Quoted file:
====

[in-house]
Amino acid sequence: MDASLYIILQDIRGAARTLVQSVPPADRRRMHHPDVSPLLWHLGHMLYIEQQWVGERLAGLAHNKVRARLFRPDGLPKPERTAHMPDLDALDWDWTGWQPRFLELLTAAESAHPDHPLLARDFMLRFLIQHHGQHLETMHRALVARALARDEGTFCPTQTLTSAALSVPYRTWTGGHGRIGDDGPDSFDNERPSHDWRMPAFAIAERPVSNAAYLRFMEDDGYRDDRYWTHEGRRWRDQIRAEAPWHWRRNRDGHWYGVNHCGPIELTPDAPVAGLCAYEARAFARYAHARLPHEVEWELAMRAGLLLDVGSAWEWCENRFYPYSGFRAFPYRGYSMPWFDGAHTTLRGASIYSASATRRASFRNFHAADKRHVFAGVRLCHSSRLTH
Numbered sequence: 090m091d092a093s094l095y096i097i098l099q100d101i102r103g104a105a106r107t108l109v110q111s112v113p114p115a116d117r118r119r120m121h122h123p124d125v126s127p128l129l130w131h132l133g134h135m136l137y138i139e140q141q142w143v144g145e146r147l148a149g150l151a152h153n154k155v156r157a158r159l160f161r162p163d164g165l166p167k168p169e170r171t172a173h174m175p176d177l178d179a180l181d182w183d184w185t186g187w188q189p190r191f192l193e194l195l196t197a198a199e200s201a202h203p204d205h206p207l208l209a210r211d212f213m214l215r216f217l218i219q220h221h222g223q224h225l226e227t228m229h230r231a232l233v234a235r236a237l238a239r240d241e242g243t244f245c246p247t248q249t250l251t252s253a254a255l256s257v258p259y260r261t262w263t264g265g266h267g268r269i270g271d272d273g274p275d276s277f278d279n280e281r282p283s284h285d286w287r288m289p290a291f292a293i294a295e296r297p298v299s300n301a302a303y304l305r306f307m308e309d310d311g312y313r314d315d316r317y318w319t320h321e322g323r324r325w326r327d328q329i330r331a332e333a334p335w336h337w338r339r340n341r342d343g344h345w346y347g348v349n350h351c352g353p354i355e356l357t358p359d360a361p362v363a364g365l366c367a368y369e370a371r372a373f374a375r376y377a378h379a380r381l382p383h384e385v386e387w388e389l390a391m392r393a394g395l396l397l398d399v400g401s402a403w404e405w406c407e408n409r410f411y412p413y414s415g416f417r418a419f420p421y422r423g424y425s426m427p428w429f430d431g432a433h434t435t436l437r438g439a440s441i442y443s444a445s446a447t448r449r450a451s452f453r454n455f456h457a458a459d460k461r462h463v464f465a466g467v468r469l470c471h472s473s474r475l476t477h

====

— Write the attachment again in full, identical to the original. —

[in-house]
Amino acid sequence: MDASLYIILQDIRGAARTLVQSVPPADRRRMHHPDVSPLLWHLGHMLYIEQQWVGERLAGLAHNKVRARLFRPDGLPKPERTAHMPDLDALDWDWTGWQPRFLELLTAAESAHPDHPLLARDFMLRFLIQHHGQHLETMHRALVARALARDEGTFCPTQTLTSAALSVPYRTWTGGHGRIGDDGPDSFDNERPSHDWRMPAFAIAERPVSNAAYLRFMEDDGYRDDRYWTHEGRRWRDQIRAEAPWHWRRNRDGHWYGVNHCGPIELTPDAPVAGLCAYEARAFARYAHARLPHEVEWELAMRAGLLLDVGSAWEWCENRFYPYSGFRAFPYRGYSMPWFDGAHTTLRGASIYSASATRRASFRNFHAADKRHVFAGVRLCHSSRLTH
Numbered sequence: 090m091d092a093s094l095y096i097i098l099q100d101i102r103g104a105a106r107t108l109v110q111s112v113p114p115a116d117r118r119r120m121h122h123p124d125v126s127p128l129l130w131h132l133g134h135m136l137y138i139e140q141q142w143v144g145e146r147l148a149g150l151a152h153n154k155v156r157a158r159l160f161r162p163d164g165l166p167k168p169e170r171t172a173h174m175p176d177l178d179a180l181d182w183d184w185t186g187w188q189p190r191f192l193e194l195l196t197a198a199e200s201a202h203p204d205h206p207l208l209a210r211d212f213m214l215r216f217l218i219q220h221h222g223q224h225l226e227t228m229h230r231a232l233v234a235r236a237l238a239r240d241e242g243t244f245c246p247t248q249t250l251t252s253a254a255l256s257v258p259y260r261t262w263t264g265g266h267g268r269i270g271d272d273g274p275d276s277f278d279n280e281r282p283s284h285d286w287r288m289p290a291f292a293i294a295e296r297p298v299s300n301a302a303y304l305r306f307m308e309d310d311g312y313r314d315d316r317y318w319t320h321e322g323r324r325w326r327d328q329i330r331a332e333a334p335w336h337w338r339r340n341r342d343g344h345w346y347g348v349n350h351c352g353p354i355e356l357t358p359d360a361p362v363a364g365l366c367a368y369e370a371r372a373f374a375r376y377a378h379a380r381l382p383h384e385v386e387w388e389l390a391m392r393a394g395l396l397l398d399v400g401s402a403w404e405w406c407e408n409r410f411y412p413y414s415g416f417r418a419f420p421y422r423g424y425s426m427p428w429f430d431g432a433h434t435t436l437r438g439a440s441i442y443s444a445s446a447t448r449r450a451s452f453r454n455f456h457a458a459d460k461r462h463v464f465a466g467v468r469l470c471h472s473s474r475l476t477h